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Belgian general strike of 1893

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Title: Belgian general strike of 1893  
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Subject: History of Belgium, List of massacres in Belgium, Royal Question, Suffrage, Direct action
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Belgian general strike of 1893

1893 General Strike
The military fire on strikers in the Borinage on 17 April 1893. From Le Petit Journal.
Date 13–18 April 1893
Location  Belgium
Goals Adoption of Universal suffrage
Parties to the civil conflict
Government of Auguste Beernaert
State and military
Catholics and Liberals
250,000 workers on strike[1]

The Belgian general strike of 1893 was a general strike in Belgium ordered by the General Board of the Belgian Labour Party (POB-BWP) on 12 April 1893 after the Belgian Parliament had rejected a bill proposing the introduction of universal male suffrage the day before.

This general strike forced the "terrified" bourgeoisie, who feared a full-scale revolution, into making concessions to the Socialists.[2] But according to Henri Pirenne, "the leaders of the Belgian Labour Party were also terrified in the face of events that were no longer under their control".[3]

Although universal suffrage was not adopted, a compromise system of plural voting was adopted. All male citizens were entitled to vote, but those with education or property were entitled to several votes, but poor, uneducated men were entitled to just one vote.[4] Universal suffrage was only adopted in 1913.

Chronology according to the Otago Witness

Otago Witness a weekly magazine from Otago, New Zealand, wrote a concise and detailed reportage on the story:[5]

April 12

The trouble with the strikers at Borinage has led to the calling out of the civic guard.

April 14

The strike ordered by the Belgian Labour party is of an extensive character, but it is not general. (...)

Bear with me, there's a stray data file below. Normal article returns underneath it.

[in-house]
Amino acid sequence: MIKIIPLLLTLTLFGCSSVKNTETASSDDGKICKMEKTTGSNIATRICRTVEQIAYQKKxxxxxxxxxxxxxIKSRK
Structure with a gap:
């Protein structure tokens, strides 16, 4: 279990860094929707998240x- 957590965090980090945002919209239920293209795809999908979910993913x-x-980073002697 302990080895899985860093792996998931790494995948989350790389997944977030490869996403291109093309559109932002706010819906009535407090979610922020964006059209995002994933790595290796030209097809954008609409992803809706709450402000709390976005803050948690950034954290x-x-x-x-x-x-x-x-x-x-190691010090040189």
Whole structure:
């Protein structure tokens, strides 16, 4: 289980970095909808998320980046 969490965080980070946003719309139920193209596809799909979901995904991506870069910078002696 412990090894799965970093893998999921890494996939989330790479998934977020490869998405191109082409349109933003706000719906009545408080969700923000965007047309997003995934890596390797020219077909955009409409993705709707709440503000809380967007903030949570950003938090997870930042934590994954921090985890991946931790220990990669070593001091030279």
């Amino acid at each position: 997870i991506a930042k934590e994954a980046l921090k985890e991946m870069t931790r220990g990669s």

April 15

The general strike in Belgium is extending. (...) Much blood has been spilt, and many persons seriously wounded.

Brussels, April 17

The Belgian strikers now number 50,000. Many have been killed in conflicts with the police and military. (...) There is increased ferment throughout Belgium, and desperate fighting has taken place at Mons and Antwerp. A number of the Civic Guard were wounded, and several strikers killed and many wounded.

April 18

The strikers at Mons are maddened by the death of their comrades, and have sworn to avenge them.

Violent conflicts have taken place between the civic guard and rioters in Mons. The troops charged the mob, many of whom were wounded. The strikers retaliated with bricks, and the guard then fired, killing five and wounded many more. A large number were arrested, and the crowd then fled, taking the dead with them. (...)

The Belgian Government advocate manhood suffrage combined with plural voting. If the proposal is rejected the King must intervene...

Henri Pirenne wrote nevertheless the strike quickly spread to the Walloon basins of Liège, Charleroi Centre, Borinage Verviers and also in Flanders in Ghent and in Antwerp

The riots of Mons were also accurately described by the Otago Witness. We read almost the same version in a Walloon book.[6] There were finally seven strikers killed by the civic guard of Mons.


Depictions of the 1893 Strike
Un Soir de Grève (1893) by Eugène Laermans 

See also


  1. ^ "Les grèves générales dans l’histoire sociale de la Belgique".  
  2. ^ Henri Pirenne, Histoire de Belgique, Tome VII, Maurice Lambertin, Bruxelles, 1948, p. 319. Histoire de Belgique Tome VII
  3. ^ Henri Pirenne, Histoire de Belgique, p.319. French: Les chefs du parti ouvrier s'épouvantent de la tournure des événements qu'ils ne peuvent plus maîtriser. Histoire de Belgique Tome VII
  4. ^ Els Witte,Jan Craeybeckx,Alain Meynen Political History of Belgium: From 1830 Onwards, Academic and Scientific Publishers, Brussels, 2009, p. 278. ISBN 978-90-5487-517-8
  5. ^ Otago Witness, 20 April 1893, p. 17
  6. ^ Léon Fourmanoit, Des luttes, des hommes et du Borinage, Mons 1983 D/1983/3323/001 : La garde opère un simulacre de charge. Mouvement de recul de la foule mais au même moment des pierres sont lancées (...) Sans sommation aucune, un coup de feu part suivi d'une fusillade générale de quelques dizaines de secondes...
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